March 22, 2011-
Brett Carroll has the ironic distinction of never having appeared in a game for the Royals at either the major league or minor league level. After having been signed from the Florida Marlins last offseason as a free agent, Carroll was brought into camp to fight for either a reserve outfield spot with the Royals or certainly be able to provide depth in Omaha.
He would eventually play in two games for Milwaukee, while spending most his season with AAA Nashville. He would be released and signed with the Boston Red Sox, finishing out the season with AAA Pawtucket. In 117 minor league games, Carroll would bat .270 and have 16 home runs with 63 RBI's.
It's hard not to fault a move were the Royals brought in a veteran player for camp and likely sold him off for a positive return. Though the financials in these moves are often hard to find and the return is not much, anytime you can flip spare parts for cash then it is a solid move in my mind.
March 28th 2011-
At the time many questioned this move, but I liked it. Coming into the season the Royals found out Jason Kendall wasn't going to be to go and they were likely looking at using Brayan Pena and Lucas May at catcher. Neither brought a true veteran presence to the Royals.
Treanor would only bat .226/.351/.306 in his time with Kansas City, but certainly added to the early season dramatics as his walk-off three-run home run in the bottom of the 13th inning sparked the Royals to a victory on April 3rd against the Angels.
Essentially the Royals received Treanor on a loan from the Rangers as he was traded back to the Rangers on August 31st. He provided stability at a time when the Royals needed someone to pair with Pena. When Salvador Perez eventually earned his ticket to Kansas City, Treanor was no longer needed and the Rangers re-acquired him .
May 8th, 2011-
Gregor Blanco had been acquired in 2010 in the trade with the Atlanta Braves that also brought left-handed reliever Tim Collins. He would bat just .196 in 23 games with the Storm Chasers before being traded to the Nationals were he finished the season with a .203 average and three home runs with AAA Syracuse. He would also drive in ten runs.
Advantage - Royals
Much like the Carroll trade, the Royals traded Blanco as he was being passed over by younger players in the Omaha outfield. Though I haven't been able to find out who or if the Royals actually received a player in return for Blanco, I look at it as addition by subtraction. By moving Blanco the Storm Chasers were able to free themselves up to allow another younger player to help the team throughout the season and into the playoffs.
May 26th, 2011-
Felipe Paulino went from being a journeyman pitcher to being a stable starting pitcher in the Kansas City rotation during 2011. He would finish the season having played 21 games for the Royals (20 starts) and compile a 4-6 record with a 4.11 ERA. He struck out nearly a batter an inning while leading the Royals starters with a 2.48 strikeout-to-walk ratio.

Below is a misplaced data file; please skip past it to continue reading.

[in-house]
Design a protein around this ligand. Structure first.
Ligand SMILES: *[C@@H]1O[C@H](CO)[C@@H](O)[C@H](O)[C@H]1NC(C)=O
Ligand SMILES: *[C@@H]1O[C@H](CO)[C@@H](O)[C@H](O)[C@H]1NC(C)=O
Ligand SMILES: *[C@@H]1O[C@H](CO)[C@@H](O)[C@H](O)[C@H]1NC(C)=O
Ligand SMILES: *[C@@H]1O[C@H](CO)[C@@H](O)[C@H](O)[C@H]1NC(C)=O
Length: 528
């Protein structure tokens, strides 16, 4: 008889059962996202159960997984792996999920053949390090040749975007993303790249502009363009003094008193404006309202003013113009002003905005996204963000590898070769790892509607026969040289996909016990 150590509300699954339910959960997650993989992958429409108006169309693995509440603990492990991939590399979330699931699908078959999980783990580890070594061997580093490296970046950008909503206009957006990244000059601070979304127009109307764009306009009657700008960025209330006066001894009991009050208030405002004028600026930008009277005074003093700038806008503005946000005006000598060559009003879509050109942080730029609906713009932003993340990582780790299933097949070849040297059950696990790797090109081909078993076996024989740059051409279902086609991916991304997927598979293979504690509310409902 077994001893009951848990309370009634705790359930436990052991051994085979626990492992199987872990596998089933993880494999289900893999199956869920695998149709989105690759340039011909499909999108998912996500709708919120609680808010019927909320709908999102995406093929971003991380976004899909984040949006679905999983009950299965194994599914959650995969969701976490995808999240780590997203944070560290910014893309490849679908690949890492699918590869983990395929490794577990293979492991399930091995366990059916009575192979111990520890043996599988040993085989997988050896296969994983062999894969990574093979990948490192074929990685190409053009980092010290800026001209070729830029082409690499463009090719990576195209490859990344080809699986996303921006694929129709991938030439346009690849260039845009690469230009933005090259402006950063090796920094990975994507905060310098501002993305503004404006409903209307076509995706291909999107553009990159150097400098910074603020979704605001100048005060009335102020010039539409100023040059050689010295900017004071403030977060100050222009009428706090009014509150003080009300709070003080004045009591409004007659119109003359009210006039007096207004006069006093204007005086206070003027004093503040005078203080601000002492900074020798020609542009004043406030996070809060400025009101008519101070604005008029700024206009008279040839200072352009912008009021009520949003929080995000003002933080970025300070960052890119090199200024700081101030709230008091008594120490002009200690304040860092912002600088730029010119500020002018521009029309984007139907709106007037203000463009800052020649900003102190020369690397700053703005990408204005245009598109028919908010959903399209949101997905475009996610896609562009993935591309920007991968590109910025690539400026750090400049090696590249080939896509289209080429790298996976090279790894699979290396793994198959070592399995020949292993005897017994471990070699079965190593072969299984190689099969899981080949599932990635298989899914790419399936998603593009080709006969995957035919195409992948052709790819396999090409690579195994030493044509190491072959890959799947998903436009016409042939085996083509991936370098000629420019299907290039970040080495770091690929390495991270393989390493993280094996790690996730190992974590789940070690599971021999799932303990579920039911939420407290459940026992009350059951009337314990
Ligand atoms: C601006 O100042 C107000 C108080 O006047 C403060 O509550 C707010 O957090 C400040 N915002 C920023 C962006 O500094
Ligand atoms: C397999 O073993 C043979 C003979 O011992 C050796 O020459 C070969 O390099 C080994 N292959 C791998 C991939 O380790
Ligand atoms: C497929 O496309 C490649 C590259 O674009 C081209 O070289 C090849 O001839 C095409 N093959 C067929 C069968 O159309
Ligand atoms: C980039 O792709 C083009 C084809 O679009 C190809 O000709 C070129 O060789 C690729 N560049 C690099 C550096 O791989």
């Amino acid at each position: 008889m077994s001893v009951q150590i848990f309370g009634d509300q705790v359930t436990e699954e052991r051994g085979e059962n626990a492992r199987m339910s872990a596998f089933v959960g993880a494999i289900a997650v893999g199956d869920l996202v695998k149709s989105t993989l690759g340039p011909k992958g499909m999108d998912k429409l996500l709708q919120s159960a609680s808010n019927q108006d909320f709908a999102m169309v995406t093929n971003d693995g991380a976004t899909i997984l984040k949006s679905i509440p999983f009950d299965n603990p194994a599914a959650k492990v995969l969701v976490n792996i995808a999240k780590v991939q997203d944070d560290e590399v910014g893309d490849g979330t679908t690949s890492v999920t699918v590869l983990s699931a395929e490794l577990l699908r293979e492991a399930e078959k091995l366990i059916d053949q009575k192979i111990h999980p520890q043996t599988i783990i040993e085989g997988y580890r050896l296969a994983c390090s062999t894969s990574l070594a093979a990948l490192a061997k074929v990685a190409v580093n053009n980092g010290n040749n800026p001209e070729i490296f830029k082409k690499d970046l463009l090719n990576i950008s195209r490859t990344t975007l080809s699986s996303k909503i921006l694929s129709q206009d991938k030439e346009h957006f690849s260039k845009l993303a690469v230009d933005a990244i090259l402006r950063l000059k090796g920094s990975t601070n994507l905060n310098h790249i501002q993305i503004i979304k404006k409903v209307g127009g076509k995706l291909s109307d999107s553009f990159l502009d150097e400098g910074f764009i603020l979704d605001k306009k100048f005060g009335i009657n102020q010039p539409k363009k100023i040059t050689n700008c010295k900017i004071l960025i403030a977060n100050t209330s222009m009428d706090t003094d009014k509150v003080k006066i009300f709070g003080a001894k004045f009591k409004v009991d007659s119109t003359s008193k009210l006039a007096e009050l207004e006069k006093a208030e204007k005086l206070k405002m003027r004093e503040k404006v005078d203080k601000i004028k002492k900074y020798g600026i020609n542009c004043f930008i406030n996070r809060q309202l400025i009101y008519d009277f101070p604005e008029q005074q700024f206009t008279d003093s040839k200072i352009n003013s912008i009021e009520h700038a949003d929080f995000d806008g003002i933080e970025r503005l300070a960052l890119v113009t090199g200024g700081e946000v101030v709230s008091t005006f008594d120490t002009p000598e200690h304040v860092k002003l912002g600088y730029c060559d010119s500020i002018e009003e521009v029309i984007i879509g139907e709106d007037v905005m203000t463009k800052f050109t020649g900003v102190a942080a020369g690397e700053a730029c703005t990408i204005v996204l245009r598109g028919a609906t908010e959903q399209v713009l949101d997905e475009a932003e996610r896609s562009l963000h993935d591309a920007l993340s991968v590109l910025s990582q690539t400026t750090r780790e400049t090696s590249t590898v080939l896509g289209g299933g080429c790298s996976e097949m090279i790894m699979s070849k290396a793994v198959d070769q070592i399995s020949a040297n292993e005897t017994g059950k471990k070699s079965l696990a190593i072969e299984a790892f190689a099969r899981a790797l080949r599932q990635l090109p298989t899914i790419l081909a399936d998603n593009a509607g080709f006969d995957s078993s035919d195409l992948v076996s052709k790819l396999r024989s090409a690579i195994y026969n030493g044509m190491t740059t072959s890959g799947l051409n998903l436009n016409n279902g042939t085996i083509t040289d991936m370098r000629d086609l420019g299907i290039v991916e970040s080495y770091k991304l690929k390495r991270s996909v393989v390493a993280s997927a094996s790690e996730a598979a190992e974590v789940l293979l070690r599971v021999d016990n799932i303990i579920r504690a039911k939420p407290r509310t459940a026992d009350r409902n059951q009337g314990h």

Advantage - Royals
This move was a home run for the Royals as they gave up very little in acquiring someone who easily became one of Kansas City's better starting pitchers at times. At the age of 27, Paulino was a cheap and reliable pitcher who the Royals may look at bringing back for 2012.
June 1st, 2011-
Kansas City Royals trade Lucas May to the Arizona Diamondbacks for Andrea Pizziconi
Lucas May had come to the Royals during the summer in 2010 from the Dodgers organization and filled in quite nicely at Omaha and finished the season appearing in 12 game with the Royals at the end of the year. There was even a good chance he may have went north from spring training with the big league club if the Royals hadn't acquired Matt Treanor.
However May struggled mighty with Omaha in 2011 to the tune of a .176 batting average in 25 games. He was quickly losing playing time to Manuel Pina and falling down the catching chain in the organization at the time. He would finish out his 2011 campaign with AAA Reno.
The player Kansas City received for May, Andrea Pizziconi was more or less a lottery ticket from Arizona. The recently turned 20-year old Italian right-hander put up solid numbers at Low Class-A Yakima for the Diamondbacks in 2010, but struggled during his time with Burlington, the Rookie League affiliate for the Royals. In 16 games (two starts), Pizziconi was 1-2 with a 6.81 ERA. All of his numbers moved in a negative direction, though he can hang his hat on striking out more batters than he walked this season.
Advantage - PUSH
This move was trading organizational filler, though May at least can say he has had a previous stint at the major league level. Kansas City traded someone who no longer had a spot in the system for a teenager that they hoped they could eventually strike magic with.